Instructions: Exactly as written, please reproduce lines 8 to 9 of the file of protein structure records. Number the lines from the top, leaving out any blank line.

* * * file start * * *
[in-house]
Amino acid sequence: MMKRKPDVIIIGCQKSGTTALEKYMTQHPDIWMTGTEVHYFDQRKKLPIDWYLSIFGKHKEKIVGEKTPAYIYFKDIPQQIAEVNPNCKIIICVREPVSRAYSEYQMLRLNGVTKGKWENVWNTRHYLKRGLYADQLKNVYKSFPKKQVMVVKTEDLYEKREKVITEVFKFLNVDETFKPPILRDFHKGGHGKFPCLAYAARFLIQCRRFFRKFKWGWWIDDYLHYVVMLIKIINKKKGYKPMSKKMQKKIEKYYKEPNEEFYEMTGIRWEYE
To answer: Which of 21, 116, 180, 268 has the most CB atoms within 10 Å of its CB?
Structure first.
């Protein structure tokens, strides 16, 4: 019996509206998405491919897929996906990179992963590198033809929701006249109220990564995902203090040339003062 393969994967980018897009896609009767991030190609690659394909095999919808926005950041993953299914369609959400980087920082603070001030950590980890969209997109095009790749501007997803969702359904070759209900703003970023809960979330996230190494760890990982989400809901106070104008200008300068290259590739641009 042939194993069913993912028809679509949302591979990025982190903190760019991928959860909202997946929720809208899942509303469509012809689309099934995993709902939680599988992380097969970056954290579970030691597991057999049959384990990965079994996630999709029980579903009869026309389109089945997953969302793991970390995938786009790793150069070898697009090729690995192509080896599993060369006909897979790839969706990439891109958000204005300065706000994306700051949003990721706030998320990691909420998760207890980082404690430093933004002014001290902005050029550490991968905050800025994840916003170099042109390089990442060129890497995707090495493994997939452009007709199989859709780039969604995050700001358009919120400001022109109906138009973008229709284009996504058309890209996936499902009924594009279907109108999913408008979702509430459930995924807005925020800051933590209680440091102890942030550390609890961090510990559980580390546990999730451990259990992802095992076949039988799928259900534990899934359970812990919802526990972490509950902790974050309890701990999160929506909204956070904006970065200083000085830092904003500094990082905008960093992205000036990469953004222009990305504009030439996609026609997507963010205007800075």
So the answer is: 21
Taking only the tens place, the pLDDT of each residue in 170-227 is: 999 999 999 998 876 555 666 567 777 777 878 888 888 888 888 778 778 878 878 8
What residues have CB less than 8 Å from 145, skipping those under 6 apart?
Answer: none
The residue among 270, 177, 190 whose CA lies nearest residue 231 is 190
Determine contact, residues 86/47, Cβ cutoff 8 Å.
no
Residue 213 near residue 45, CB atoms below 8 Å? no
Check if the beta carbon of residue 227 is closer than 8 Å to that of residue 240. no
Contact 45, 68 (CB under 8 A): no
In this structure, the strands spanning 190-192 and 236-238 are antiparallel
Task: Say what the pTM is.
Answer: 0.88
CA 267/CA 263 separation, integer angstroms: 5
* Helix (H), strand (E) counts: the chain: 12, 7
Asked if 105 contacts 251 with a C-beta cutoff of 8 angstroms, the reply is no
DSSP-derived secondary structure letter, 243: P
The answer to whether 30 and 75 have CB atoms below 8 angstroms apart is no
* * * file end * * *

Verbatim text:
What residues have CB less than 8 Å from 145, skipping those under 6 apart?
Answer: none